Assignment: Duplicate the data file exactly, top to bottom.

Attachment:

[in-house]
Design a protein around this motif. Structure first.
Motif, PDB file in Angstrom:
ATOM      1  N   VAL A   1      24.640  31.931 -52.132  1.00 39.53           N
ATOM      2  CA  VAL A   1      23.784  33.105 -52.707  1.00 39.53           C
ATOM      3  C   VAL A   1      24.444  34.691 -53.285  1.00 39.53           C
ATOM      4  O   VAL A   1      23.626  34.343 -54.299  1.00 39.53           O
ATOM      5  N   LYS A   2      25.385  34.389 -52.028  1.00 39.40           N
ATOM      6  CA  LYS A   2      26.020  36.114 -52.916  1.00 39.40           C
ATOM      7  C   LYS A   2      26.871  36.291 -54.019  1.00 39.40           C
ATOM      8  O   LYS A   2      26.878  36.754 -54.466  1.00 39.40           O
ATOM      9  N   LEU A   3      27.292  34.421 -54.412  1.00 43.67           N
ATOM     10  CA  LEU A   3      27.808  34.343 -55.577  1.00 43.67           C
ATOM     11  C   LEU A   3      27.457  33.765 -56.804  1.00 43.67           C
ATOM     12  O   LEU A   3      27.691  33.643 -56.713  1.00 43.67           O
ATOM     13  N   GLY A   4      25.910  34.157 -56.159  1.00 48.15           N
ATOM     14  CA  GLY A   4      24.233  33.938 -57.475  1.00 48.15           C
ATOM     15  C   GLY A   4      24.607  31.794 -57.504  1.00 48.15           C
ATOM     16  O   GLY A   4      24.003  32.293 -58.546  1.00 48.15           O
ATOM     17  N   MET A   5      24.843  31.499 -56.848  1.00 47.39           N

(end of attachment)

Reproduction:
[in-house]
Design a protein around this motif. Structure first.
Motif, PDB file in Angstrom:
ATOM      1  N   VAL A   1      24.640  31.931 -52.132  1.00 39.53           N
ATOM      2  CA  VAL A   1      23.784  33.105 -52.707  1.00 39.53           C
ATOM      3  C   VAL A   1      24.444  34.691 -53.285  1.00 39.53           C
ATOM      4  O   VAL A   1      23.626  34.343 -54.299  1.00 39.53           O
ATOM      5  N   LYS A   2      25.385  34.389 -52.028  1.00 39.40           N
ATOM      6  CA  LYS A   2      26.020  36.114 -52.916  1.00 39.40           C
ATOM      7  C   LYS A   2      26.871  36.291 -54.019  1.00 39.40           C
ATOM      8  O   LYS A   2      26.878  36.754 -54.466  1.00 39.40           O
ATOM      9  N   LEU A   3      27.292  34.421 -54.412  1.00 43.67           N
ATOM     10  CA  LEU A   3      27.808  34.343 -55.577  1.00 43.67           C
ATOM     11  C   LEU A   3      27.457  33.765 -56.804  1.00 43.67           C
ATOM     12  O   LEU A   3      27.691  33.643 -56.713  1.00 43.67           O
ATOM     13  N   GLY A   4      25.910  34.157 -56.159  1.00 48.15           N
ATOM     14  CA  GLY A   4      24.233  33.938 -57.475  1.00 48.15           C
ATOM     15  C   GLY A   4      24.607  31.794 -57.504  1.00 48.15           C
ATOM     16  O   GLY A   4      24.003  32.293 -58.546  1.00 48.15           O
ATOM     17  N   MET A   5      24.843  31.499 -56.848  1.00 47.39           N